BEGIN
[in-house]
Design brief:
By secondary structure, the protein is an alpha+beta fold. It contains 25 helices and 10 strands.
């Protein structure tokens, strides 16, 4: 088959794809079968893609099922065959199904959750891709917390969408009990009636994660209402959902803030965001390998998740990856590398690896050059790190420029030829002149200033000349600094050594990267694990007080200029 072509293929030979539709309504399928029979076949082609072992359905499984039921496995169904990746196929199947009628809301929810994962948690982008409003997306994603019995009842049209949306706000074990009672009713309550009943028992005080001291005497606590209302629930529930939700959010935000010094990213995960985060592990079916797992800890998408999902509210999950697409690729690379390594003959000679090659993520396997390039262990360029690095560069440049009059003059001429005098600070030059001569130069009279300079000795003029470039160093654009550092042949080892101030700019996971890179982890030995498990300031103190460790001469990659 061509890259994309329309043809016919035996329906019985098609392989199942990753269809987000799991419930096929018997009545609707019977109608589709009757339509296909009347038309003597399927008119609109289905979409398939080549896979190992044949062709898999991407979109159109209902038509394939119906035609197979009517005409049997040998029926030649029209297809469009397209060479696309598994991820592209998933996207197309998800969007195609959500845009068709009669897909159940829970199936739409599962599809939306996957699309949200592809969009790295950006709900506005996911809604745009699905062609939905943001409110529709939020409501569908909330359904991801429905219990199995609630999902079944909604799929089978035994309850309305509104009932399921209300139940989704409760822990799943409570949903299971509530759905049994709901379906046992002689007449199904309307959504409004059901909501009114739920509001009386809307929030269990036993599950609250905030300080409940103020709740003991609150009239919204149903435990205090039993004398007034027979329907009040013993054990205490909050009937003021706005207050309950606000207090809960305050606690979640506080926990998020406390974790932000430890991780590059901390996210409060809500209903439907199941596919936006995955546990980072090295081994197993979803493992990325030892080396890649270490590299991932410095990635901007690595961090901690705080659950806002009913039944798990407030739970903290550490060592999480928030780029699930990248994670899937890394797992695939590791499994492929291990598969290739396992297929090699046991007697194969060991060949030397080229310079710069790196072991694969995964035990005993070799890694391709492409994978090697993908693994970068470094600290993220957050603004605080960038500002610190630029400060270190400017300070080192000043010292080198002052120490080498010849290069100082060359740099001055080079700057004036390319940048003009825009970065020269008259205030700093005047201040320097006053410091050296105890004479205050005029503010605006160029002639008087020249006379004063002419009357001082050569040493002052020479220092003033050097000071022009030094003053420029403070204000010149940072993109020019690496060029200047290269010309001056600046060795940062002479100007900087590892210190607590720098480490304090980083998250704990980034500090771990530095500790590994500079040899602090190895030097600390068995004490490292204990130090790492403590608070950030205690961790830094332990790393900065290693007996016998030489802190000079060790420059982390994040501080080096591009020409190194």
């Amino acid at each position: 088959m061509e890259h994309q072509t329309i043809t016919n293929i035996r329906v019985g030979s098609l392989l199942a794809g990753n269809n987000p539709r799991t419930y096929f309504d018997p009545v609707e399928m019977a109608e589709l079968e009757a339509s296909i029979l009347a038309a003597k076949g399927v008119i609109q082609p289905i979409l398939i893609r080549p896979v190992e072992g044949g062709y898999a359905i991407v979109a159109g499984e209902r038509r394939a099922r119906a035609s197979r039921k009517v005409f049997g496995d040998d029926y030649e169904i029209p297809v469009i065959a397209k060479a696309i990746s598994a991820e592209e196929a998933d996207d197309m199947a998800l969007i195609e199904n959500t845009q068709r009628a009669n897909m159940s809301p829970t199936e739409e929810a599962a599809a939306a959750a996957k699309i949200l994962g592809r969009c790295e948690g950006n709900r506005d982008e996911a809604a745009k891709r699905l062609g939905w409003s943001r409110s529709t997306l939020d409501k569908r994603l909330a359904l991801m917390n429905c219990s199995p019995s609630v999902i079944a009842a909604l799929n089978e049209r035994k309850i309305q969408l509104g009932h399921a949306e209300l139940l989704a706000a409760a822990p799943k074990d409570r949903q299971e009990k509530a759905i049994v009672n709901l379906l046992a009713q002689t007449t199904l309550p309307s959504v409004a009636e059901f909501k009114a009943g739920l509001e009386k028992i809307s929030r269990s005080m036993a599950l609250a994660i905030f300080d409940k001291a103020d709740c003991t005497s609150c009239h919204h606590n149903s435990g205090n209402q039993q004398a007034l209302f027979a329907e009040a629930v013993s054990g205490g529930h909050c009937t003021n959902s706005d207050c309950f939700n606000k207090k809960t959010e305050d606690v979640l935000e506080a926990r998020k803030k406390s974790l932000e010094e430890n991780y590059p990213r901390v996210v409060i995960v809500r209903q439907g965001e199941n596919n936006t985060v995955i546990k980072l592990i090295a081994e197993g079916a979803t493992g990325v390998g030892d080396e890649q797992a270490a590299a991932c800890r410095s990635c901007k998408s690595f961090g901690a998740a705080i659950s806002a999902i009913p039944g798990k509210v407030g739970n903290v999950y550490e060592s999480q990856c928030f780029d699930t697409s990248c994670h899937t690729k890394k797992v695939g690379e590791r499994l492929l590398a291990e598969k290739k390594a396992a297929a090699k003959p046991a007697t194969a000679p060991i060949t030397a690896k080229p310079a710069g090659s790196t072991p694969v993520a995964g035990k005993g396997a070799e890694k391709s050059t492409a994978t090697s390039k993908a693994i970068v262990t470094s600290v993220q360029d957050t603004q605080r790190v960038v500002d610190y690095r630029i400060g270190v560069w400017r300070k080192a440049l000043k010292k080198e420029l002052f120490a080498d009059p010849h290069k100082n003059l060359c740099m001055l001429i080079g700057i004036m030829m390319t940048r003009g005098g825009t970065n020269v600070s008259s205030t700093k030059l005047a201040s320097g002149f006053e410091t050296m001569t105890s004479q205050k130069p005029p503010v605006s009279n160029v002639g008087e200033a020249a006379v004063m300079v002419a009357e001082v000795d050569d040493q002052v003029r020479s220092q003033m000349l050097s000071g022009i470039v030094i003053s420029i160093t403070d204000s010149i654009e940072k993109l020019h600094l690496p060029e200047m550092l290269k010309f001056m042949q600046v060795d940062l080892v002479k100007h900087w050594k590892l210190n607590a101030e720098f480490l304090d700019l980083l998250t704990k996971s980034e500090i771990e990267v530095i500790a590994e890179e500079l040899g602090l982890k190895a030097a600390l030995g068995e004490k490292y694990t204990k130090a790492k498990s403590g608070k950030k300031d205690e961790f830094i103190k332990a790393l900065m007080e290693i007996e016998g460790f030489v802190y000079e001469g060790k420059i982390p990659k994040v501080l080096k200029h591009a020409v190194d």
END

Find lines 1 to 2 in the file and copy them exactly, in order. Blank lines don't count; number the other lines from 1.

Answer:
[in-house]
Design brief: